If you descend on the south side near the Madrona tree at about 20’ you will find the beginning of a reef that wraps around the Point to the east and extends to the north. The beginning of the reef is an irregular rock structure that drops off almost vertically to an average depth of 45’. As you approach the north end of the reef you will find a small wall with vertical cracks. Explore these cracks carefully for Wolf eel, octopus and smaller critters like Sailfin Sculpin and warbonnets. The rock ends with a wide vertical crack from bottom to top. From here you can follow the rock around to the west and upward to explore the top of the reef. Or you can continue to the north and traverse a mostly flat bottom for about 60 yards to find another reef. The first things you will see are some rocks, then a tire reef that extends to the east. Past the tire reef you will find a natural rock reef to explore with a maximum depth of about 60’. If you look closely you should find Wolf eel and octopus here. This rocky structure continues a short distance to the north and all the way to the surface. You can explore the shallow areas while making your safety stop.

Expect to see lots of rockfish, Lingcod, Wolf eel, octopus, nudibranchs, Red and White Sea Cucumber, the ever-present gobies, gunnels and anenomies. You will see Dungeness, Red Rock, Decorator, and Kelp Crab.
This is an excellent site for open water divers, photography and naturalist dives. It’s a good spot for the third dive of a three-tank day.
GPS 47 39.700 N 122 54.112 W

Goby Garden/Rosie’s Ravine
This is a dual purpose dive site suitable for divers of all skill levels. Novice divers can explore the shallow ledges of Goby Garden while advanced divers who want to explore the deep can continue downward to Rosie’s Ravine and then explore a shallow reef to the south. The two sites are located about 3.5 miles south of Pleasant Harbor. Starting from the small cove north of the rock bluff (Rocky Point), the Goby Garden follows the contour of the bluff in a series of ledges that stair-step downward from 35' to 50'. The ledges are home to colorful invertebrates and small fish - including the Black-Eyed Goby.

Rosie's Ravine is a deep dive (about 75’ to 120’ or more) to a wall loaded with Wolf eels and octopus. The top of the wall will be encountered at 75' and the ragged cascading bedrock with cracks and crevices drops to 120' and continues in a deep ravine. Large schools of black rockfish, solitary Lingcod and large Copper Rockfish can be seen while inspection of the crevices will uncover Giant Pacific Octopus and many Wolf eels. Safety stops can be done in a shallow reef to the south of the bluff as you ascend from the Ravine. This dive should be reserved for advanced divers.
GPS 47 37.908 N 122 56.418 W

Fulton Creek North
For the adventurous diver that likes to explore, there is some interesting structure north of Fulton Creek and south of McDonald Cove. Just north of a sandy beach on the north side of Fulton Creek starting in about 40’ of water you’ll find a rocky finger heading southeast to a depth of about 95’. To the north of that, across a sandy bottom, you should find some rock structure from 60’ to 90’. A little further north, closer to shore in 40’ to 80’ you’ll find another rocky finger that extends out to the southeast. Still further north, just south of McDonald Cove, you’ll find a variety of structure including small ledges and terraces, boulders, and maybe a swim-thru formed by large boulders. Wolf Eels, Giant Pacific Octopus, Lingcod and a variety of rockfish are found throughout this area. There can be some current here on a large exchange making good habitat for a variety of invertebrates. Divers who like to get away from the popular sites and explore will like this area. You’ll need a boat to access this area. If you’re exploring, a live boat pickup would be best. This area covers about .4 miles of shoreline.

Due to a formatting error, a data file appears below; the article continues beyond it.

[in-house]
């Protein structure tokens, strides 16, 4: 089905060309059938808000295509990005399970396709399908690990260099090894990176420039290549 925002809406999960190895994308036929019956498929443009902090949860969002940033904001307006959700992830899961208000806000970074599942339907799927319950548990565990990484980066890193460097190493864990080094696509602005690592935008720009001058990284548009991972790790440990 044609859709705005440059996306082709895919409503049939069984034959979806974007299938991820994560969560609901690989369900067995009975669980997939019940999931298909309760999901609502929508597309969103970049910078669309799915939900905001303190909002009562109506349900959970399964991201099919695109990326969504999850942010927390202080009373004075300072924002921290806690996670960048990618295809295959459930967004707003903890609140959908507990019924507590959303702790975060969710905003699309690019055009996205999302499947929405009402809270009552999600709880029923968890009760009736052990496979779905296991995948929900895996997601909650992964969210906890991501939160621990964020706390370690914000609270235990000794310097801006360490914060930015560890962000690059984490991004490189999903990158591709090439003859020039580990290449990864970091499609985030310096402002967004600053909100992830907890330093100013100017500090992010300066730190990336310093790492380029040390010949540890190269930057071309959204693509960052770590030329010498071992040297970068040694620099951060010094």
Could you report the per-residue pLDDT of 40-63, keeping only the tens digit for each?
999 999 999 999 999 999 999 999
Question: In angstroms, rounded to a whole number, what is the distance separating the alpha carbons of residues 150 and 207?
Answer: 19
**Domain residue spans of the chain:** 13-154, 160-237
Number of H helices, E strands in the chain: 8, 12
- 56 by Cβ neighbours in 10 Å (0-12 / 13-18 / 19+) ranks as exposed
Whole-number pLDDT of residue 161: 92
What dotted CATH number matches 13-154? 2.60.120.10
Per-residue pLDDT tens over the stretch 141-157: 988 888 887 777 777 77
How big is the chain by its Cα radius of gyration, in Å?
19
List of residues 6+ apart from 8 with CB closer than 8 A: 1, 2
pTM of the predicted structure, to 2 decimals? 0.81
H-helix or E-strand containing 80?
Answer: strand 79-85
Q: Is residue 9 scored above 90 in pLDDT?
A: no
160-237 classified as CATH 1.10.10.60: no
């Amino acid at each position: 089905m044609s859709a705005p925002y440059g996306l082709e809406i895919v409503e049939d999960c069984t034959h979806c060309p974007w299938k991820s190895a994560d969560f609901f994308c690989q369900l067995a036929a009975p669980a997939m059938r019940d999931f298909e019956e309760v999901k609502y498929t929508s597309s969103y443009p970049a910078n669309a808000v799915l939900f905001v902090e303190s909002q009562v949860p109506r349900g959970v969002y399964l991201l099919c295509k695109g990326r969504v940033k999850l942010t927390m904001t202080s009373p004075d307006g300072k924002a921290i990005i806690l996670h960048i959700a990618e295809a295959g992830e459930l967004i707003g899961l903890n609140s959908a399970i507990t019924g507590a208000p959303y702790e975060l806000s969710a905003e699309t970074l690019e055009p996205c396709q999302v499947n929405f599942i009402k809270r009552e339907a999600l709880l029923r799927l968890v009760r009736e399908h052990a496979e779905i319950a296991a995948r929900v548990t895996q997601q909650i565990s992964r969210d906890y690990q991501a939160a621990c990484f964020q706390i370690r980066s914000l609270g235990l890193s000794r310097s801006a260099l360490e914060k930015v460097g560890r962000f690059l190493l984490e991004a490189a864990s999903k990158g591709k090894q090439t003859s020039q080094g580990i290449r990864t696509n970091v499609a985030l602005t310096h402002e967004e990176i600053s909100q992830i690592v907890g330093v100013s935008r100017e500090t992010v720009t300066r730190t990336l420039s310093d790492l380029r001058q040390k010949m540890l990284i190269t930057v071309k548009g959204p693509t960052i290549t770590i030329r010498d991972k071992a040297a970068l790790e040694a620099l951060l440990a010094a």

Fulton Creek North GPS coordinates
47 37.100N 122 57.996W on the southern end
47 37.352N 122 57.484W on the northern end


LODGING

Elk Meadows B&B
3485 Dosewallips Road
Brinnon, WA 98320-9645
(360) 796-4886
http://www.elkmeadowswa.com/
Bayshore Motel
306142 Highway 101
Brinnon, WA 98320
360-796-4220
800-488-4230
http://emeraldtowns.com/directory/listing.php?id=155
Harbor House
309257 U.S. Highway 101
Brinnon, WA, 98320
http://www.theharborhouse.virtualave.net/
Houseboats For Two
308913 U.S. Highway 101
Brinnon, WA, 98320
http://www.houseboats4two.com/
Windermere Vacation Rentals
31 Brinnon Lane
Brinnon, WA, 98320
http://www.windermerehoodcanal.com/
Cove RV Park
303075 U.S. Highway 101
Brinnon, WA, 98320
http://www.hikercentral.com/campgrounds/121477.html
Cove Park Motel
303075 Hwy. 101
Brinnon, WA, 98320
1-360-796-4723
Mount Walker Inn
On scenic Highway 101
61 Maple Grove Road
Quilcene, WA
(360) 765-3410
http://www.mountwalkerinn.com/

Dabob Bay Cottage
840 Piper Rd
Quilcene, WA, 98376
http://www.dabobbaycottage.com/
River Cabin Getaway
281 Lords Lake Loop Road
Quilcene, WA 98376
(360) 765-3576
http://www.rivercabingetaway.com/


DINING
The Emerald Towns of Quilcene and Brinnon offer both fine and casual dining experiences. World famous, local Dabob Bay and Hamma Hamma oysters are served at nearly every eatery in town, so don't miss out on getting yours fresh and from the source!

Halfway House Restaurant
41 Brinnon Lane
Brinnon, WA 98320
(360) 796-4715
http://www.emeraldtowns.com/directory/listing.php?id=40
A family restaurant featuring home-made soups, pies, daily specials, and an espresso bar.
Olympic Timber House Restaurant
295534 U.S. 101
Quilcene, WA 98376-9559
(360) 765-3500
Creative menu with seasonal specials featuring all natural prime rib, steaks, and fresh local seafood. Open seven days a week - year round. Offering lunch, dinner, and breakfast on weekends.
Logger’s Landing
295023 U.S. 101
Quilcene, WA 98376
(360) 765-3161
http://www.emeraldtowns.com/directory/listing.php?id=219
Top-notch logger sized breakfasts starting at $4.25. Featuring the best bacon around and Logger’s famous homemade biscuits and gravy.
Twana Roadhouse
294793 U.S. 101
Quilcene, WA 98376
(360) 765-6485
Best pizza in town!
Geoduck Tavern
307103 U.S. 101
Brinnon, WA 98320-9712
(360) 796-4430
Best view and outdoor deck to enjoy a meal, drinks, or hors d'oeuvres! A Great place to come watch the game or hang out with locals and have a drink.
 


NON-DIVING ACTIVITIES
The Hood Canal area offers wonderful opportunities for hiking, biking, kayaking, waterfall and wildflower viewing, shellfish harvesting, camping, and much more. Click on the following link for information. http://www.emeraldtowns.com/tourism/recreation.php